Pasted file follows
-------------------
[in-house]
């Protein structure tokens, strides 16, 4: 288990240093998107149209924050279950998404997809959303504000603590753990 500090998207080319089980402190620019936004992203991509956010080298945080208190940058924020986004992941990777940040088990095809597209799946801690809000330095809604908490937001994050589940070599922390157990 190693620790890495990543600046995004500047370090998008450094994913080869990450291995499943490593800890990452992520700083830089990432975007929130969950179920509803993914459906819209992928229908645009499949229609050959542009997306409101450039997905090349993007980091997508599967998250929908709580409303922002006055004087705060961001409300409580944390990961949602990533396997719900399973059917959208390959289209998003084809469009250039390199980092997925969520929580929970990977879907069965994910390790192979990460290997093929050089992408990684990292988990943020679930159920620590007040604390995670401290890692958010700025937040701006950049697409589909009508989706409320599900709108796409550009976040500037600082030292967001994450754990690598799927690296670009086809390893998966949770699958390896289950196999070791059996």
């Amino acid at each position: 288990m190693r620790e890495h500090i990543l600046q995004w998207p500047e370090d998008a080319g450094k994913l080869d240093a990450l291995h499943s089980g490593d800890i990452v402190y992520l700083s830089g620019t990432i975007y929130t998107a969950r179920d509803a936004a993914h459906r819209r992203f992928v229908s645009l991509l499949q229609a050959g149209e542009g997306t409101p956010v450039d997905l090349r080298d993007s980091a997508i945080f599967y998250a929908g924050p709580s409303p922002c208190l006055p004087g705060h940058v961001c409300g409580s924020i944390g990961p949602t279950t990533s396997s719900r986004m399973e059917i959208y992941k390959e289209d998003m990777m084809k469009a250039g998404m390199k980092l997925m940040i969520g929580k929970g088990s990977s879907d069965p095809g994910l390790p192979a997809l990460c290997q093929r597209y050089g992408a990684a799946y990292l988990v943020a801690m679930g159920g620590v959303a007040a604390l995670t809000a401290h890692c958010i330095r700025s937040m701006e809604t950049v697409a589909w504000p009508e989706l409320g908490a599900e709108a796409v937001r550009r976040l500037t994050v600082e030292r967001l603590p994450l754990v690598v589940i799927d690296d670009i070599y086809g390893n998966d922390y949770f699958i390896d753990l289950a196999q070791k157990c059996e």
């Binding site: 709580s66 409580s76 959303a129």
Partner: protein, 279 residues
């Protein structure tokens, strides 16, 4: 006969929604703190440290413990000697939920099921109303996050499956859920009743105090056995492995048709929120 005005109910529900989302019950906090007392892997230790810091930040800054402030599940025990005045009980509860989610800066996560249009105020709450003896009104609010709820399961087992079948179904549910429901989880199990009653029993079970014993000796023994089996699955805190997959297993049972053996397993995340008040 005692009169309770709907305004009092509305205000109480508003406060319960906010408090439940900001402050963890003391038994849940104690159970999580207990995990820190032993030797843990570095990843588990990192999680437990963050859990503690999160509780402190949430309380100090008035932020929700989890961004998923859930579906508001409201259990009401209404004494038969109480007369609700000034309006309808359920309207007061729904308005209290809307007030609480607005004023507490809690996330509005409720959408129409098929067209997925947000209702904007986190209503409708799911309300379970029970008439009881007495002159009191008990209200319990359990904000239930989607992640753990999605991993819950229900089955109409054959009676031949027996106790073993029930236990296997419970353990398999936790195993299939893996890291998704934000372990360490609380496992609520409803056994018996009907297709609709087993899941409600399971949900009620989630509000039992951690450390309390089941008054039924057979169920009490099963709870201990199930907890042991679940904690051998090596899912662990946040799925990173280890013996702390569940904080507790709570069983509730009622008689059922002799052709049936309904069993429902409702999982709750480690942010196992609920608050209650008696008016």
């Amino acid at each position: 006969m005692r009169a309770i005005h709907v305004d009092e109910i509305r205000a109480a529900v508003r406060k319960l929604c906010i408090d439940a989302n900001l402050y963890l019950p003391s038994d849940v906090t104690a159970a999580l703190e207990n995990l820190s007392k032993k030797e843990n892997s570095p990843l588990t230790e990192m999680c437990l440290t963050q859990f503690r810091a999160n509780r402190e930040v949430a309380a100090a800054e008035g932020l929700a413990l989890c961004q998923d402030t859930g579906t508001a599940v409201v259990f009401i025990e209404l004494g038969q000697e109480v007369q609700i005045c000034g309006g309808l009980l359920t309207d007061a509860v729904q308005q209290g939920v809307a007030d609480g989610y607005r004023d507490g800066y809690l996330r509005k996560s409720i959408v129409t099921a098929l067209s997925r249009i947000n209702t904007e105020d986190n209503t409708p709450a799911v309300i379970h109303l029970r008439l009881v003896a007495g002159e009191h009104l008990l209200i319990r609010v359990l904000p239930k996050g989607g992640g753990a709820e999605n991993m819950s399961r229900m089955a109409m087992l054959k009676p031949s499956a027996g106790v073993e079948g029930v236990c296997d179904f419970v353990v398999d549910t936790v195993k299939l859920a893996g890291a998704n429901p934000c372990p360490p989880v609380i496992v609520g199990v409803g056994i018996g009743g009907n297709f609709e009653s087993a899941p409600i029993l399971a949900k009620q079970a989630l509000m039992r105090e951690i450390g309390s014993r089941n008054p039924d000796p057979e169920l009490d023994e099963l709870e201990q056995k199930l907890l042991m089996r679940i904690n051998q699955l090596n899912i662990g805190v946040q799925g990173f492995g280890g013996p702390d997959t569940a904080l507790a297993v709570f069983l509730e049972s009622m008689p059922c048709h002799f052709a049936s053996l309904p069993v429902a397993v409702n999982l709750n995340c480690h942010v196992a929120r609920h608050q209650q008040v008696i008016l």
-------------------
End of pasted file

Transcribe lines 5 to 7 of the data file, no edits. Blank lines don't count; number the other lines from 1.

Partner: protein, 279 residues
């Protein structure tokens, strides 16, 4: 006969929604703190440290413990000697939920099921109303996050499956859920009743105090056995492995048709929120 005005109910529900989302019950906090007392892997230790810091930040800054402030599940025990005045009980509860989610800066996560249009105020709450003896009104609010709820399961087992079948179904549910429901989880199990009653029993079970014993000796023994089996699955805190997959297993049972053996397993995340008040 005692009169309770709907305004009092509305205000109480508003406060319960906010408090439940900001402050963890003391038994849940104690159970999580207990995990820190032993030797843990570095990843588990990192999680437990963050859990503690999160509780402190949430309380100090008035932020929700989890961004998923859930579906508001409201259990009401209404004494038969109480007369609700000034309006309808359920309207007061729904308005209290809307007030609480607005004023507490809690996330509005409720959408129409098929067209997925947000209702904007986190209503409708799911309300379970029970008439009881007495002159009191008990209200319990359990904000239930989607992640753990999605991993819950229900089955109409054959009676031949027996106790073993029930236990296997419970353990398999936790195993299939893996890291998704934000372990360490609380496992609520409803056994018996009907297709609709087993899941409600399971949900009620989630509000039992951690450390309390089941008054039924057979169920009490099963709870201990199930907890042991679940904690051998090596899912662990946040799925990173280890013996702390569940904080507790709570069983509730009622008689059922002799052709049936309904069993429902409702999982709750480690942010196992609920608050209650008696008016």
């Amino acid at each position: 006969m005692r009169a309770i005005h709907v305004d009092e109910i509305r205000a109480a529900v508003r406060k319960l929604c906010i408090d439940a989302n900001l402050y963890l019950p003391s038994d849940v906090t104690a159970a999580l703190e207990n995990l820190s007392k032993k030797e843990n892997s570095p990843l588990t230790e990192m999680c437990l440290t963050q859990f503690r810091a999160n509780r402190e930040v949430a309380a100090a800054e008035g932020l929700a413990l989890c961004q998923d402030t859930g579906t508001a599940v409201v259990f009401i025990e209404l004494g038969q000697e109480v007369q609700i005045c000034g309006g309808l009980l359920t309207d007061a509860v729904q308005q209290g939920v809307a007030d609480g989610y607005r004023d507490g800066y809690l996330r509005k996560s409720i959408v129409t099921a098929l067209s997925r249009i947000n209702t904007e105020d986190n209503t409708p709450a799911v309300i379970h109303l029970r008439l009881v003896a007495g002159e009191h009104l008990l209200i319990r609010v359990l904000p239930k996050g989607g992640g753990a709820e999605n991993m819950s399961r229900m089955a109409m087992l054959k009676p031949s499956a027996g106790v073993e079948g029930v236990c296997d179904f419970v353990v398999d549910t936790v195993k299939l859920a893996g890291a998704n429901p934000c372990p360490p989880v609380i496992v609520g199990v409803g056994i018996g009743g009907n297709f609709e009653s087993a899941p409600i029993l399971a949900k009620q079970a989630l509000m039992r105090e951690i450390g309390s014993r089941n008054p039924d000796p057979e169920l009490d023994e099963l709870e201990q056995k199930l907890l042991m089996r679940i904690n051998q699955l090596n899912i662990g805190v946040q799925g990173f492995g280890g013996p702390d997959t569940a904080l507790a297993v709570f069983l509730e049972s009622m008689p059922c048709h002799f052709a049936s053996l309904p069993v429902a397993v409702n999982l709750n995340c480690h942010v196992a929120r609920h608050q209650q008040v008696i008016l």